Marjorie Jackson-Nelson

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The Honourable
Marjorie Jackson-Nelson
ACCVOMBE
Marjorie Jackson.jpg
Marjorie Jackson-Nelson in 2007
33rd Governor of South Australia
In office
3 November 2001 – 8 August 2007
Monarch Queen Elizabeth II
Premier Rob Kerin (2001–02)
Mike Rann (2002–07)
Preceded by Sir Eric Neal
Succeeded by Kevin Scarce
Personal details
Born (1931-09-13) 13 September 1931 (age 83)
Coffs Harbour, New South Wales
Nationality Australian
Spouse(s) Peter Nelson (1953–77; his death)
Residence Marion, South Australia
Marjorie Jackson-Nelson
Marjorie Jackson-Nelson 1952.jpg
Jackson at a club meeting in Sydney on 12 January 1952
Personal information
Height 1.72 m (5 ft 8 in)
Weight 66 kg (146 lb)
Sport
Sport Athletics
Achievements and titles
Personal best(s) 100 m – 11.4 (1952)
200 m – 23.59 (1952)[1][2]

Marjorie Jackson-Nelson ACCVOMBE (born 13 September 1931) is a former Governor of South Australia and a former Australian athlete. She finished her sporting career with two Olympic and seven Commonwealth Games Gold Medals, six individual world records[1] and every Australian State and National title she contested from 1950–1954.[3]

Biography[edit]

Marjorie Jackson was born in Coffs Harbour, New South Wales, and first gained fame when she defeated reigning Olympic 100 and 200 metres champion Fanny Blankers-Koen a number of times in 1949, thus earning the nickname "the Lithgow Flash", after the New South Wales town of Lithgow where she lived and had grown up.[4]

Having won four titles at the 1950 British Empire Games, Jackson came as a favourite to the Helsinki 1952 Summer Olympics. She won both the 100 m, in a then-world-record-equalling time of 11.5, and the 200 m, winning the first Olympic athletics titles for Australia since Edwin Flack in 1896. Having more strong runners in the team, the Australian 4×100 m relay team was also a favourite for the gold, but a faulty exchange meant Jackson's chances for third gold medal were gone. The Americans, anchored by Catherine Hardy (later Lavender), won in an upset, setting a new world record time of 45.9 seconds.[1] Later in 1952, Jackson lowered the 100 m world record time to 11.4, running this new record in a meet at Gifu, Japan on 4 October 1952.[2]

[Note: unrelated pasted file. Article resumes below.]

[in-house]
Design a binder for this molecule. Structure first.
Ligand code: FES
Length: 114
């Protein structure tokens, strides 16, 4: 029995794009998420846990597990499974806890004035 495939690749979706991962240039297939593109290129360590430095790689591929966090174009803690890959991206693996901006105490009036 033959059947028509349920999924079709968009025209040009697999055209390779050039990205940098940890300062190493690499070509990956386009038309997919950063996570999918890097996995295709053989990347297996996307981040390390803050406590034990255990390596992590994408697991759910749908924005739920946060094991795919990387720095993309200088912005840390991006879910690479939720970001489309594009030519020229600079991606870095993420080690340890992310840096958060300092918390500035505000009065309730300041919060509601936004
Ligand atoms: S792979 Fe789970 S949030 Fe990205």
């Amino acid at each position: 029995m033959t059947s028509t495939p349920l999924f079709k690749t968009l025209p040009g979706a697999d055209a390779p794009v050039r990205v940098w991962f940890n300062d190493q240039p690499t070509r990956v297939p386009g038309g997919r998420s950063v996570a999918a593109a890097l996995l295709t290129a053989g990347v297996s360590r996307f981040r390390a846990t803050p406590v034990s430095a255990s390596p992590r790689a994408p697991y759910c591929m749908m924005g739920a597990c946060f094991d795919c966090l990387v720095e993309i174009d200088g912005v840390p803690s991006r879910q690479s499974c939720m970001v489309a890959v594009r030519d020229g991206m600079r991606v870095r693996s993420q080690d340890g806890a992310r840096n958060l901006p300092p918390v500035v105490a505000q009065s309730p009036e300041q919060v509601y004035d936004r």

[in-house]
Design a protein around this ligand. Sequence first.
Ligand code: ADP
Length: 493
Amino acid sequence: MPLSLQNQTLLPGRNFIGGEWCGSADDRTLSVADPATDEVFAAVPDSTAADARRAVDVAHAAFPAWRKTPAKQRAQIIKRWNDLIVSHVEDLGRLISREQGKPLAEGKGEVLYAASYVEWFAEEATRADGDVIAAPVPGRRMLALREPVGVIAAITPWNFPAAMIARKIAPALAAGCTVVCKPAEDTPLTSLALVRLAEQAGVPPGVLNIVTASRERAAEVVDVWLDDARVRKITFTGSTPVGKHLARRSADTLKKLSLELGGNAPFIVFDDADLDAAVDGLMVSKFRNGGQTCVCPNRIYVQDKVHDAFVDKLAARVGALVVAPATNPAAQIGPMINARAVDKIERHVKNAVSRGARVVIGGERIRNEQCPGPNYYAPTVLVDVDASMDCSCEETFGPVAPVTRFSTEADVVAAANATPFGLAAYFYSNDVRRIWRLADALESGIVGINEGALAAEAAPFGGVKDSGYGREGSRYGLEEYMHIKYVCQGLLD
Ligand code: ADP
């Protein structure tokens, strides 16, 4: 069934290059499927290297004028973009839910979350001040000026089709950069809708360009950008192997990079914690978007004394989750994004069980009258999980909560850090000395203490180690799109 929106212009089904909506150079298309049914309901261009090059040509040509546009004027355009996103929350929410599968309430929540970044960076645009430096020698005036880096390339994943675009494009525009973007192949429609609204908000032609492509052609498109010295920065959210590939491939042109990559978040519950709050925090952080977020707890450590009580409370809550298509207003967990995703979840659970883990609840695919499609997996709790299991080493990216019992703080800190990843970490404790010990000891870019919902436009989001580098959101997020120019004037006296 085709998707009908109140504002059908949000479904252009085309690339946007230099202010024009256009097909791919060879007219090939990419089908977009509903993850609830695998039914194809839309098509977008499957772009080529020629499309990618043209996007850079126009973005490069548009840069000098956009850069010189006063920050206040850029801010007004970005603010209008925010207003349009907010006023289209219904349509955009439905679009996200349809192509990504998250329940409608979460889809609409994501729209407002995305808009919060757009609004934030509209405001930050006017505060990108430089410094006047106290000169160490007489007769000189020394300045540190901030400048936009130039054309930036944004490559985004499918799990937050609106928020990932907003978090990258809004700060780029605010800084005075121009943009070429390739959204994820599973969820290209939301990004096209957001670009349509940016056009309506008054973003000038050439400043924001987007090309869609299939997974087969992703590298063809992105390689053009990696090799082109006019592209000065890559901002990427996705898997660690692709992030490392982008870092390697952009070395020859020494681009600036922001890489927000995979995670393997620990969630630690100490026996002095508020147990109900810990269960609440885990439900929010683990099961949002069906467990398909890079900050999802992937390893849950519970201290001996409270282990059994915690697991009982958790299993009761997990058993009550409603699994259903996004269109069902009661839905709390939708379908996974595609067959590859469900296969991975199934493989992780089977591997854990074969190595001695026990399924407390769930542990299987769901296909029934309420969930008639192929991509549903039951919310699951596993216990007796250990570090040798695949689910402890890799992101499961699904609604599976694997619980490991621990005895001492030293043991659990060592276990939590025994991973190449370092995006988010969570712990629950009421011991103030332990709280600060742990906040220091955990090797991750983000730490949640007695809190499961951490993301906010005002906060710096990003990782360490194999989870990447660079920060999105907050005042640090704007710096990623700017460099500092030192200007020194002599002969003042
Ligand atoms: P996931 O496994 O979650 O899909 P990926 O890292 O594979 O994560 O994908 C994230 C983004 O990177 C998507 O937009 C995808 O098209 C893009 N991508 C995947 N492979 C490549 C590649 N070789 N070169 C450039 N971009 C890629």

In 1953 Jackson married Olympic cyclist Peter Nelson.[1] After his death from leukaemia in 1977, she launched the Peter Nelson Leukaemia Research Fellowship.

Marjorie Jackson-Nelson was one of the eight flag-bearers of the Olympic Flag at the opening ceremony of the 2000 Summer Olympics in Sydney.

In late 2001, Marjorie Jackson-Nelson was appointed Governor of South Australia. She relinquished the office on 31 July 2007.[1]

On 15 March 2006, Marjorie Jackson-Nelson was one of the final four runners who carried the Queen's Baton around the MCG stadium during the 2006 Commonwealth Games Opening Ceremony in Melbourne.

On 6 June 2007, it was announced that a new medical facility to be built in Adelaide will be named the "Marjorie Jackson-Nelson Hospital". On 18 February 2009, Premier Mike Rann agreed to remove her name from the planned hospital.

She also has a road named in honour of her at the Sydney Olympic Park, beside the Sydney Superdome (now Allphones Arena).

Honours[edit]

She is also a Dame of the Order of St John of Jerusalem and a Freeman of the City of London.

In 1993, the State Transit Authority of New South Wales named a Sydney RiverCat ferry after Jackson-Nelson.

References[edit]

  1. ^ a b c d e Marjorie Jackson. sports-reference.com
  2. ^ a b Marjorie Jackson (neé Nelson). trackfield.brinkster.net
  3. ^ a b "Olympic Order for Lithgow Flash". The Canberra Times. 16 July 2007. p. 4. 
  4. ^ Jackson Nelson, Marjorie (31 May 2004). GNT History (transcript). Interview with George Negus. George Negus Tonight. ABC1. Retrieved 21 October 2013. 
  5. ^ It's an Honour – Member of the Order of the British Empire
  6. ^ "Marjorie Jackson Nelson AC CVO MBE". Sport Australia Hall of Fame. Retrieved 14 December 2013. 
  7. ^ It's an Honour – Companion of the Order of Australia
  8. ^ It's an Honour – Commander of the Royal Victorian Order

Bibliography[edit]

External links[edit]

Government offices
Preceded by
Sir Eric Neal
Governor of South Australia
2001–2007
Succeeded by
Kevin Scarce